September 6th, 2022 | 12:54 CEST
Electricity price brake and "Lehman Moment" - Barrick Gold, MAS Gold, Standard Lithium
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"[...] Internally we expect the resource to significantly grow the deeper we mine. [...]" Dennis Karp, Executive Chairman, Manuka Resources
Complex electricity markets favor risk for "Lehman Moment"
With the help of a kind of "excess profit levy," the German government wants to intervene in the electricity market and reduce galloping prices. In the electricity market, the most expensive energy source needed to meet demand determines the price. Currently, it is gas-fired power plants. As a result, the cost of electricity has also risen significantly recently. However, those who produce electricity from renewable sources, nuclear energy or coal, are making high profits. The state wants to skim off these "excess profits" and use them to finance a kind of basic tariff for electricity customers that covers a basic electricity requirement under favorable conditions, possibly those from before the crisis. Beyond that, it becomes expensive again. But the plan has a catch. On the one hand, it torpedoes the transformation to renewable energy sources, and on the other, it risks increasing the extent of market intervention the more the price of gas rises. On Monday, the gas price rose in the wake of Gazprom's new production freeze.
Many energy suppliers already have their backs to the wall. Not only in Germany, but also in other European countries, such as Sweden, the state has to support companies. If the state now intervenes in pricing on the electricity market and does not consider the supply situation around the various energy sources, further distortions could arise. The danger is all the greater because electricity grids are complex - in Germany, for example, gas-fired power plants in the south have to kick in spontaneously when the wind blows in the north in order to keep the grid voltage constant. The federal government's plans, which are not very concrete so far, are, therefore, like open-heart surgery in which the surgeon has had one too many coffees.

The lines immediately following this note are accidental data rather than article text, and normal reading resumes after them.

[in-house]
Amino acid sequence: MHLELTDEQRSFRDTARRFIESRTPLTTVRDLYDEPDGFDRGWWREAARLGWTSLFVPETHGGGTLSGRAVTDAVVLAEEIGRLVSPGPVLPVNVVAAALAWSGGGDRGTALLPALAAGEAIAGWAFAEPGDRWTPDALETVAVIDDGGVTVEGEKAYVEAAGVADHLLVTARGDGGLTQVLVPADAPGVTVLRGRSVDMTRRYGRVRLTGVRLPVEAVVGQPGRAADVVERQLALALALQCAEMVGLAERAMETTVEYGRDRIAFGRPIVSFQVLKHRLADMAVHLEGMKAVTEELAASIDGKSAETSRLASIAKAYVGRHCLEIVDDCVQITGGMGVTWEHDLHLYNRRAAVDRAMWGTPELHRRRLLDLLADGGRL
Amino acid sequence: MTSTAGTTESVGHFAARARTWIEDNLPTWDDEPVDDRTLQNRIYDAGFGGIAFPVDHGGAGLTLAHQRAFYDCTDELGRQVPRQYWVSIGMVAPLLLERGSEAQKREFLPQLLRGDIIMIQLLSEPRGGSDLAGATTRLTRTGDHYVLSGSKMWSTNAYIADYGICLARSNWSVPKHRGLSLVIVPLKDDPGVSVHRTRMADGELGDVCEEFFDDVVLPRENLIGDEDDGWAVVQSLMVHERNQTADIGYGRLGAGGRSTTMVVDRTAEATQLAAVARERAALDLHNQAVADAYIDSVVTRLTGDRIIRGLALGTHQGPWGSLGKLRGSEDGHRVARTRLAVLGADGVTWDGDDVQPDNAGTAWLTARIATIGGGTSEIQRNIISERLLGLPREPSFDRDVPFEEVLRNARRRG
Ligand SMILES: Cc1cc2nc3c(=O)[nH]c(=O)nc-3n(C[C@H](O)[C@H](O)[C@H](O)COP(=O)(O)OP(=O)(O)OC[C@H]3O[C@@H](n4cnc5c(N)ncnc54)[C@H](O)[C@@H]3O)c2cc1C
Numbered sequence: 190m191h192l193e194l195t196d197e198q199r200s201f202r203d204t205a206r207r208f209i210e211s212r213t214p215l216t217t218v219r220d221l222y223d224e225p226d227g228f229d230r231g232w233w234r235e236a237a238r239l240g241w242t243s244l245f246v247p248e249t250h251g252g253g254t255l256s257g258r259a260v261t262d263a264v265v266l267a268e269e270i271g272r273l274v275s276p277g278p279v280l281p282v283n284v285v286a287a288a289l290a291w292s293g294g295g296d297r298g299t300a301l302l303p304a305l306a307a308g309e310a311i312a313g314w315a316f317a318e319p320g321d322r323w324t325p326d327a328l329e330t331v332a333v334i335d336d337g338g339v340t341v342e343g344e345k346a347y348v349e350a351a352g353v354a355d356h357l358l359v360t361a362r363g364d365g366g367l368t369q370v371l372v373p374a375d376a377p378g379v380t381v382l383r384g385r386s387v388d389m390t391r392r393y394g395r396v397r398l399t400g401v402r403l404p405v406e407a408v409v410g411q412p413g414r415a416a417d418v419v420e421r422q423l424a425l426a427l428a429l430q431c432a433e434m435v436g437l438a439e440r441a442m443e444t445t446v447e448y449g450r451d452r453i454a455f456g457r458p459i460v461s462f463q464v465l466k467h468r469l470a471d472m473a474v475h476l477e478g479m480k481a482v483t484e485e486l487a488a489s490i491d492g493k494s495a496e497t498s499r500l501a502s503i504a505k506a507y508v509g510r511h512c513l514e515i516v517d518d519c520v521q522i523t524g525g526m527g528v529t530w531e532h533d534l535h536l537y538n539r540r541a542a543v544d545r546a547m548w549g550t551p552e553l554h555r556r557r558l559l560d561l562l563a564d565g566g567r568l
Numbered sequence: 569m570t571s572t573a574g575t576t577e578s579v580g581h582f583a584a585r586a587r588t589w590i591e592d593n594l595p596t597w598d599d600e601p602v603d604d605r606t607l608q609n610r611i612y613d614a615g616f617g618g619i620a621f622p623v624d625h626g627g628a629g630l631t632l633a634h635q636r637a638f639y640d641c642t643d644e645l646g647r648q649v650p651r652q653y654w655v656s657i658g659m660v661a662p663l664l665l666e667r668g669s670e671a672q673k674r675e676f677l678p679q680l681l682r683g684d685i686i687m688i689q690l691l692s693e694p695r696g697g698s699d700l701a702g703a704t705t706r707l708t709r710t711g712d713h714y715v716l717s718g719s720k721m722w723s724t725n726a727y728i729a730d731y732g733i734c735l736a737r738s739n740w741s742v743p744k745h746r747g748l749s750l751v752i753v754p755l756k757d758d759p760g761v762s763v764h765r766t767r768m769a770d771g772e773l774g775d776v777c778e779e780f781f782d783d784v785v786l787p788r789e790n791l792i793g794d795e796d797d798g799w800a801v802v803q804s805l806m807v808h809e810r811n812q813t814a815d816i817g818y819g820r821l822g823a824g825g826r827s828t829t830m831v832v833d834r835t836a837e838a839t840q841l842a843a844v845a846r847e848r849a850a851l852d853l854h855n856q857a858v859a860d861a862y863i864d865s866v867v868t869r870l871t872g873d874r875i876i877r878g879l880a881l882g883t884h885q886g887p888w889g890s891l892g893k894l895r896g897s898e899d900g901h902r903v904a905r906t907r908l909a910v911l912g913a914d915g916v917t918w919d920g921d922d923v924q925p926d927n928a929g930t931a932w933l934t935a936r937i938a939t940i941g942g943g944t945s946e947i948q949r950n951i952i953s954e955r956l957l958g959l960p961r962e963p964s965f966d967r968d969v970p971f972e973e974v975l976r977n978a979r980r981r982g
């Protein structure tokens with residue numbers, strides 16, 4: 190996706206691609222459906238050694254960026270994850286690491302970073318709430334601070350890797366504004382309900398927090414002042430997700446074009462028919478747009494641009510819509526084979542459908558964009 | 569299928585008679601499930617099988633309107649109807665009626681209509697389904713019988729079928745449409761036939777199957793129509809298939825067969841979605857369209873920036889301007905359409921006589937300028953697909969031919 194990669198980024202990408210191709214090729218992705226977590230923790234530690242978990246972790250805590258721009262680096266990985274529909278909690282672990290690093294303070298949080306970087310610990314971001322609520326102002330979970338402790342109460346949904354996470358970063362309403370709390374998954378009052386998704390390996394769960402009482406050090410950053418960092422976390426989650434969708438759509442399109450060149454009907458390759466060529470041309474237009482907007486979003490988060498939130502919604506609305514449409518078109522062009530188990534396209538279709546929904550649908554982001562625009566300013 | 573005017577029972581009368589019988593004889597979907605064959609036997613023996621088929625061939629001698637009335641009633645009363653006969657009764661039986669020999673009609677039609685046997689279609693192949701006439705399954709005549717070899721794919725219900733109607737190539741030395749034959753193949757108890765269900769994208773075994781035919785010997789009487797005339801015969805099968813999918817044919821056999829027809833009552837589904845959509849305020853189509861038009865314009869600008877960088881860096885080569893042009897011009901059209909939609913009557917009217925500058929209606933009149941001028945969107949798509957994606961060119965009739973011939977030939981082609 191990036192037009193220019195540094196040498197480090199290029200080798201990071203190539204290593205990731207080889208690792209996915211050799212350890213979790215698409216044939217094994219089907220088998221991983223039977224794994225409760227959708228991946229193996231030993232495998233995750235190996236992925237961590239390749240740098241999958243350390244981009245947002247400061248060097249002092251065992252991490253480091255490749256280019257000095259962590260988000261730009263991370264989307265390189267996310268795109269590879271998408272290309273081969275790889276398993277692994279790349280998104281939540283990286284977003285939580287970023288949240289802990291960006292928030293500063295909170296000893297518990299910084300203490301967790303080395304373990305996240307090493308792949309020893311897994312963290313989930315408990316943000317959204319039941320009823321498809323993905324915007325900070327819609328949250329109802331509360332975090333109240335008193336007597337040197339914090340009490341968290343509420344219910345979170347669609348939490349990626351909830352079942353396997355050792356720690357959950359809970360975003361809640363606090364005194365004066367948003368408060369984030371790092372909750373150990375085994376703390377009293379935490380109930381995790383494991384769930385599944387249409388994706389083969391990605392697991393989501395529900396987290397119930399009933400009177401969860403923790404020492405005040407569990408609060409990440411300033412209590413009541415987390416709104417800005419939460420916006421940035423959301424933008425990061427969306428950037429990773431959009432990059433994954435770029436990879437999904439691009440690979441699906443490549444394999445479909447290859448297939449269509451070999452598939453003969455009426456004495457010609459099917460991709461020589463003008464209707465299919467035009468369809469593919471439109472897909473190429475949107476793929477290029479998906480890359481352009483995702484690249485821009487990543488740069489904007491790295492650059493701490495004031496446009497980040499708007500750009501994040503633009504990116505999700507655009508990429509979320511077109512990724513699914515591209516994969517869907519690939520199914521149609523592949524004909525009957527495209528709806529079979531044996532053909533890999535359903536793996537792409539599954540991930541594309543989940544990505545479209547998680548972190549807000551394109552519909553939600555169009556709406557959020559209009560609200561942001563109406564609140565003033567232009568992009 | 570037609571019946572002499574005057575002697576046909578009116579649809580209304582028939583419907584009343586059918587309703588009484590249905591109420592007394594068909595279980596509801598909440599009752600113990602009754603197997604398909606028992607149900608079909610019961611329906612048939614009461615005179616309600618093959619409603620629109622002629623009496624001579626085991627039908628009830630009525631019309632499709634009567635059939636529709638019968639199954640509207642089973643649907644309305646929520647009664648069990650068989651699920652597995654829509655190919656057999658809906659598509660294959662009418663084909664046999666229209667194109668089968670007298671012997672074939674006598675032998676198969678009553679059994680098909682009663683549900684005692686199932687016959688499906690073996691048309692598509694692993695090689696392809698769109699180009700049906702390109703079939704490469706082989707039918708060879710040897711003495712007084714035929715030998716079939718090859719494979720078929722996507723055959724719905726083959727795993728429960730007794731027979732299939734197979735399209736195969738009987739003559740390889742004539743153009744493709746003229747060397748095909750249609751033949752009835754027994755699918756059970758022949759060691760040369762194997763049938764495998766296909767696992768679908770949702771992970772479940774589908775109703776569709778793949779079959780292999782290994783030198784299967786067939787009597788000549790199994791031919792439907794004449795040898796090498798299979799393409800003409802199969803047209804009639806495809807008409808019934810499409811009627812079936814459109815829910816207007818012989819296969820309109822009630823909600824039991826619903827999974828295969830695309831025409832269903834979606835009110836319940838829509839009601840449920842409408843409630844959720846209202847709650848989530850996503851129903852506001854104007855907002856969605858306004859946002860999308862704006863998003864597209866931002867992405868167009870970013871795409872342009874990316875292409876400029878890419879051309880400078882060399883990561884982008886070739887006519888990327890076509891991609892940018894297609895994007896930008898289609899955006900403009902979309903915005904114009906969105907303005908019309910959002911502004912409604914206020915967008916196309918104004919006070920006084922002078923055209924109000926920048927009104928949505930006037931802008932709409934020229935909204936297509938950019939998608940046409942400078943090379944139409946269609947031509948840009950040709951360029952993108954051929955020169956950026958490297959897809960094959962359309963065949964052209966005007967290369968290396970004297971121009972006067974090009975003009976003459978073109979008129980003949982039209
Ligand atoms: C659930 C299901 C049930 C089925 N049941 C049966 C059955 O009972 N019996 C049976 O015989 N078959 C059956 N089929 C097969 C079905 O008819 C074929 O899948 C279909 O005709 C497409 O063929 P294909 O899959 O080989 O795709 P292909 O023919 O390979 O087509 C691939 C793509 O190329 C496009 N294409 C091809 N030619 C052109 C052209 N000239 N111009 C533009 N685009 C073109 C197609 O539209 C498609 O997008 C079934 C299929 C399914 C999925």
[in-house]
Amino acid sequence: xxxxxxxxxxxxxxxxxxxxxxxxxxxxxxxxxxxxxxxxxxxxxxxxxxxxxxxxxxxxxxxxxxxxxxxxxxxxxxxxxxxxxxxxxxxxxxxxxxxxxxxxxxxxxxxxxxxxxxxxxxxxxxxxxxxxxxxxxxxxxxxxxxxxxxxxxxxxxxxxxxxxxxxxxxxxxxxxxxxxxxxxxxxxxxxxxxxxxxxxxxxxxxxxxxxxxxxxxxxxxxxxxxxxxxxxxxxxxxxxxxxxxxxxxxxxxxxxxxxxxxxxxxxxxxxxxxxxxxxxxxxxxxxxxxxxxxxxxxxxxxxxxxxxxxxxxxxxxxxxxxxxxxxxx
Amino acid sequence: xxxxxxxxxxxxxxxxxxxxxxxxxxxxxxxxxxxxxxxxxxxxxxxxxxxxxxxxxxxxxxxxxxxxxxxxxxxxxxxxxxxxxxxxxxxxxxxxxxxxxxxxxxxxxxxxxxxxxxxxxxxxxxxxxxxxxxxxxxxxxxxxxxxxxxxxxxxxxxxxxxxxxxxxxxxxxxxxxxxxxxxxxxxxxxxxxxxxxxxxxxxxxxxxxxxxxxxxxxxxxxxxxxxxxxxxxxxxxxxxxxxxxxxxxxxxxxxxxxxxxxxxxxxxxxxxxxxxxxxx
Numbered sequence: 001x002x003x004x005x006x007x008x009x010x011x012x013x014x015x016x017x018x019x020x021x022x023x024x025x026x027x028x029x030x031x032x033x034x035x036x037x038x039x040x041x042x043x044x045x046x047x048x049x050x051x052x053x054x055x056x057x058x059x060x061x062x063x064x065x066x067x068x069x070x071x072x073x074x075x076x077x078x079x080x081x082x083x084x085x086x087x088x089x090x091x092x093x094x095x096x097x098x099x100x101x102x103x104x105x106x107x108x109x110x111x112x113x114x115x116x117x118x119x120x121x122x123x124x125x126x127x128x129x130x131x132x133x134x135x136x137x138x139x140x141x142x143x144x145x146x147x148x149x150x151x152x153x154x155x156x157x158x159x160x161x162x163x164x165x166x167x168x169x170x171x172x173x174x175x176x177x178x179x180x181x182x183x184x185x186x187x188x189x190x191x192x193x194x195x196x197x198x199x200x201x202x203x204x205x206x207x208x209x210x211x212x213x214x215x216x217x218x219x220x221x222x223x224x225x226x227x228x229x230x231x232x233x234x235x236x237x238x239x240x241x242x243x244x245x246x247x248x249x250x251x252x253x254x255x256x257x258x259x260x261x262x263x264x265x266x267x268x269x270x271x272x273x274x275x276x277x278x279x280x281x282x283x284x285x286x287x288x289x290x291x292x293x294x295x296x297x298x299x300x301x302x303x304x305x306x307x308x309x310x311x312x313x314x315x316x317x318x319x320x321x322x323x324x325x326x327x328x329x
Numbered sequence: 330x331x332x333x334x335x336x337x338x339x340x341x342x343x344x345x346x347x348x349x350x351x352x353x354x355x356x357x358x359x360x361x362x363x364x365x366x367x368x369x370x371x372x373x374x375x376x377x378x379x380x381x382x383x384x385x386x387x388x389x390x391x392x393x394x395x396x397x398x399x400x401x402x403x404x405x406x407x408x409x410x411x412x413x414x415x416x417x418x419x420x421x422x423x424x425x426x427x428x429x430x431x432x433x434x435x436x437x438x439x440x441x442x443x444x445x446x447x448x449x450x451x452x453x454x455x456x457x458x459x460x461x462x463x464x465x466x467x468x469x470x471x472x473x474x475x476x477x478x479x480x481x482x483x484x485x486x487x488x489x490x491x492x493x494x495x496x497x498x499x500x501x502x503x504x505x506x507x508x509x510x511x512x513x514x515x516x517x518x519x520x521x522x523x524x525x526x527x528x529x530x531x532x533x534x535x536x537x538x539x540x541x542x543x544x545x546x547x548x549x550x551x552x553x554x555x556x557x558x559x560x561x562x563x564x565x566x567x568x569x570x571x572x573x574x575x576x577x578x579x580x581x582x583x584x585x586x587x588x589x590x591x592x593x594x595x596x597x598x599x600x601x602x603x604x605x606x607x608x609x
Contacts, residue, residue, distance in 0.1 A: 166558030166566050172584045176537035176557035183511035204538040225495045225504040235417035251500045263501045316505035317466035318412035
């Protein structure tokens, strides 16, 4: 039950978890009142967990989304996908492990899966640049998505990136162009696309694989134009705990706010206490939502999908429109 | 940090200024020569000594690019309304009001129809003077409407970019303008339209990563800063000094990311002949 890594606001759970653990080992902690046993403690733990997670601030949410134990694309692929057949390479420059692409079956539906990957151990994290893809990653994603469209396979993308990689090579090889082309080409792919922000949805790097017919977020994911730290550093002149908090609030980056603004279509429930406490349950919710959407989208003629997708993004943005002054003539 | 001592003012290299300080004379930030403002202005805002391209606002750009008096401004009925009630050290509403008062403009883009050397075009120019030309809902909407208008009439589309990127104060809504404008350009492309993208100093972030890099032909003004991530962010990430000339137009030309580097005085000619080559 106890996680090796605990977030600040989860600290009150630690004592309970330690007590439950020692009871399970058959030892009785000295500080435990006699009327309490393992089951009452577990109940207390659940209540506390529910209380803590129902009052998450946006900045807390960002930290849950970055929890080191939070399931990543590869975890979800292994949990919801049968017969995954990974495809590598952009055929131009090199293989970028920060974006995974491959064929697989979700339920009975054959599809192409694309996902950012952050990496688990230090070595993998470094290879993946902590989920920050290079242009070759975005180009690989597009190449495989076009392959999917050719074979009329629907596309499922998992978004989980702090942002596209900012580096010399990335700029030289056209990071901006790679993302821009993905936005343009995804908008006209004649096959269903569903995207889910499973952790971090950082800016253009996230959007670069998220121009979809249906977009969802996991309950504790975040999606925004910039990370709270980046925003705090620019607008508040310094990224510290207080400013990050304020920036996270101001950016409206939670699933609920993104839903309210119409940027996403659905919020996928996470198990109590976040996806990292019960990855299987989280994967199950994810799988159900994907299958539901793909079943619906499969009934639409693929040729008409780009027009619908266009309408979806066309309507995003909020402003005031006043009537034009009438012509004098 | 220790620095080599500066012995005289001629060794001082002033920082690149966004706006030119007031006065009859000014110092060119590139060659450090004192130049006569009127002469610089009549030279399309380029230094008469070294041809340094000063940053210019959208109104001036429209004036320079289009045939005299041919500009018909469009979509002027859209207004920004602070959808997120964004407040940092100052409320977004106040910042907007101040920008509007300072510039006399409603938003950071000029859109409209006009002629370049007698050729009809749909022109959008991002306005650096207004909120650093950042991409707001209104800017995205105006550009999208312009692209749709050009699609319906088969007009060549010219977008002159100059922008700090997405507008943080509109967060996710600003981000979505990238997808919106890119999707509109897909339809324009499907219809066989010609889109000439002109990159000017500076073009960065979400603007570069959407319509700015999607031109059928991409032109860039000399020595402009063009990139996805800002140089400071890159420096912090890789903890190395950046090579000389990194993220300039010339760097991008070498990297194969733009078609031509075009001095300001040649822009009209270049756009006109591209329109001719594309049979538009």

How can investors act around this situation? Utilities, in particular, and industrial companies, could be in for a hot fall and winter. Even an assault on stocks from the financial sector cannot be ruled out. Then, for example, if payment defaults threaten across the board. The heterogeneous situation in many sectors within the EU is doing the rest. In addition to a reduced share quota, investors can rely on classic crisis insurances, such as gold.
From Barrick to MAS Gold - How shares can become risk insurance
The precious yellow metal is trading at a long-term support zone of around USD 1,700. The shares of well-known gold producers, such as Barrick Gold, are also not doing particularly well. As reasoning for the gold slump, the interest rate turnaround is mentioned repeatedly - gold gives, as is well known, no interest. But unlike promissory notes, gold never loses its value. If the stress in the system increases, gold and gold shares could increase again. At the current level, it may be worth adding a position of the precious metal to the portfolio. In the case of shares of gold miners, however, investors should note that the possible profit is capped since companies such as Barrick Gold sell parts of their production in advance at a fixed price.
Smaller gold companies that are not yet in production could be more interesting. Stocks like MAS Gold are currently focused on developing promising precious metal properties and paving the way toward possible production. The market tends to value such companies very capriciously: if sentiment around gold is negative, even resources already proven in the ground are worth little. If the approval for gold increases, the market exaggerates, even pricing in positive events in the future that have not yet happened. For example, stocks comparable to MAS Gold staged a brilliant rally within a few weeks of the pandemic outbreak and multiplied. Since MAS Gold, which pursues several projects in crisis-proof Canada, is trading near multi-year lows, there is a good opportunity to add the crisis insurance to the portfolio at a reasonable price.
Standard Lithium & Co. - The overall market shows no mercy
Suppliers of renewable energies and producers of critical raw materials will likely benefit in the long term from energy price shocks. The shares of these companies have already made substantial gains in recent weeks or have remained stable compared with the market as a whole. One example is Standard Lithium. The Company has two lithium projects in the USA and points to a more efficient extraction process for lithium. What sounds exciting at first is also likely to be in little demand in the market as stocks correct across the board.
Although gold stocks can also suffer losses in times of crisis, the past has shown that a special boom can develop around precious metals, affecting smaller stocks with some delay, but all the more severely later on. Depending on their market view, investors can already put a foot in the door with titles such as MAS Gold or be particularly vigilant - if the gold price and established gold titles such as Barrick Gold react, the starting signal for a rally could quickly follow for smaller values. The CEO of MAS Gold and his team explain in a recent webinar which advantages the Company of mining legend Jim Engdahl can offer.
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